A Five-Borough Feathered Love Affair: Field Guide to the Neighborhood Birds of New York City

Photo Credit: Courtesy Amazon.com

As winter officially turned into spring, Leslie Day was in Fort Tryon Park at the northern tip of Manhattan signing her latest book, Field Guide to the Neighborhood Birds of New York City. Dr. Day and her collaborators have chosen to devote their efforts to information about birds in the five boroughs exclusively. "New York City offers some of the best birding sites in the northeastern United States," offers Dr. Day. "There are so many birds in New York because of where we sit geographically. We sit below the Atlantic Flyway. As they pass over the city, birds see an abundance of parks and coastline."

Dr. Day has chosen to collaborate on her New York City field guide with two other New Yorkers: Trudy Smoke, who provided the book's wonderful illustrations, and Beth Bergman, whose fabulous photos are a joy. These three fabulous New York women have been to every park in Manhattan, Brooklyn, Queens, Staten Island and the Bronx, seeking out their feathered material. Their pooled talents have yielded a field guide that runs from Double-Crested Cormorants to Yellow-Bellied Sapsuckers, revealing the richness of diversity in the lives of our fellow New Yorkers from the natural world.

Picture Credit: Courtesy Trudy Smoke

Typical of New York, the city's avian population has its superstars. New York City Red-tailed Hawks (Buteo jamaicensis), include the famous Pale Male, the Fifth Avenue Hawk, who has his own web page and stars in a movie.

But city living can be dangerous for birds. Pale Male is raising young with his fifth mate. The previous four Mrs. Pale Males died from rodenticide after ingesting poisoned rats and pigeons.

Other New York City birds die during migrations from wintering to breeding grounds and back. Many crash into windows on the city's skyscrapers. Others become confused by the city skyline lighting up the night sky. These birds fly in circles, eventually dropping from fatigue. At the request of the Audubon Society, the city's tallest skyscrapers now defer to nature at least twice a year as part of its Lights Out Program. Lights are dimmed at midnight in September and October, during the peak of the fall migratory season, and again in April and May, during the peak of the spring migratory season.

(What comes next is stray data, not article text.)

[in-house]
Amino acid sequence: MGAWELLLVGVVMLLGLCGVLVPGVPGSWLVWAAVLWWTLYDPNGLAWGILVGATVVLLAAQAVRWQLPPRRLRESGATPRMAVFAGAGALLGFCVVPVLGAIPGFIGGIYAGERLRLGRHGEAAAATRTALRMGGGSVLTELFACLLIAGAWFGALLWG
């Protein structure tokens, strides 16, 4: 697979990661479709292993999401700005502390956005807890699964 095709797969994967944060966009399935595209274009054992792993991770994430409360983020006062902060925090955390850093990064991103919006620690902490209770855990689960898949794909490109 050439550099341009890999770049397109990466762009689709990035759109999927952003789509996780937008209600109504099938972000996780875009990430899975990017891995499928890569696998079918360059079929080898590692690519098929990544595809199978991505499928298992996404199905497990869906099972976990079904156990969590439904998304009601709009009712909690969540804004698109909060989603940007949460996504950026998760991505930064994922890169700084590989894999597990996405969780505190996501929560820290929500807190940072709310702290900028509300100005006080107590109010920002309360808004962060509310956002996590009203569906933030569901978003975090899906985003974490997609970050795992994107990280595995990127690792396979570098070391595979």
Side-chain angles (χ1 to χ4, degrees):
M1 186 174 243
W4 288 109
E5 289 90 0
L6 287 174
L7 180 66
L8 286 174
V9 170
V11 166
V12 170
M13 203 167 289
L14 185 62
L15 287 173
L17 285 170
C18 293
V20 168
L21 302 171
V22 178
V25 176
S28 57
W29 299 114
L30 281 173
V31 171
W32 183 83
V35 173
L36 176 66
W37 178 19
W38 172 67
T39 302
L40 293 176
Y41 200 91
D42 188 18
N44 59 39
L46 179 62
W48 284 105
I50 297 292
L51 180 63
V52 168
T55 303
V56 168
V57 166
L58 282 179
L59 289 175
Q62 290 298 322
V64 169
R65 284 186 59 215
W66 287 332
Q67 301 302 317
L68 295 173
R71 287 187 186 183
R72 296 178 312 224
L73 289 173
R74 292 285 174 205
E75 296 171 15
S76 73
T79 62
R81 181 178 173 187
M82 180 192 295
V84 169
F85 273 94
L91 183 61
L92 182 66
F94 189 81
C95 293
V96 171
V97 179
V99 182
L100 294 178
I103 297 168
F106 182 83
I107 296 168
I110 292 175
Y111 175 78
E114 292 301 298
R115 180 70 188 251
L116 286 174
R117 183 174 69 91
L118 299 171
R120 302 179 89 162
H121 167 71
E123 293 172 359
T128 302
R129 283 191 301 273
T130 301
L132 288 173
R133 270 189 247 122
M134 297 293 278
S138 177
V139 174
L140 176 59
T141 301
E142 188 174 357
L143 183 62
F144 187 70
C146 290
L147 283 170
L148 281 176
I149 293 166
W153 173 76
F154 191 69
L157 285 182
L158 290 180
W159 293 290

Picture Credit: Courtesy Trudy Smoke

Each bird entry in Field Guide to the Neighborhood Birds of New York City includes city-specific information including: Where and when to find, Behavior, Nest and eggs, and Ecological role. And birds in the five boroughs certainly do seem to have a New York City frame of mind, or at least avian city street smarts.

House Sparrow Passer domesticus: Where and when to find: One hundred house sparrows were introduced from Europe into Brooklyn, Manhattan and Chicago in the early 1850s, and the species expanded throughout North America. It is the most commonly seen bird throughout the five boroughs and lives here year-round. Nest and Eggs: I have seen them emerge from places that are surprising, like the nostrils of Teddy Roosevelt's bronze horse on Central Park West in front of the American Museum of Natural History.

Dr. Day's field guide even gives ample coverage of the city's pigeons, which she admits, are often classified by their fellow New Yorkers as flying rodents.

Rock Pigeon: Columba livia: Behavior: European settlers brought them to North America in the seventeenth century. As carrier pigeons, they have saved thousands of lives during wars. Ecological role: Omnivores; they help clean up food litter on our streets and feed on berries and weed seeds.

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The field guide begins with a foreword by Don Riepe, Jamaica Bay Guardian, American Littoral Society, who quickly debunks New York myths about about the city as "a concrete jungle devoid of any bird life save pigeons, starlings and house sparrows." The back of the field guide includes New York birding organizations and resources for New York City birders such as a list of Birdwatching Organizations and Rehabilitators for hurt, orphaned and sick wildlife. There is also a detailed list of Birding Hotspots by borough (Staten Island has the most), and a surprisingly long list of Photographers' Blogs that Dr. Day describes as "a great gift to our city." Concludes Dr. Day: "Once you start to notice birds, New York City will never look the same."


Picture Credit: Courtesy Trudy Smoke

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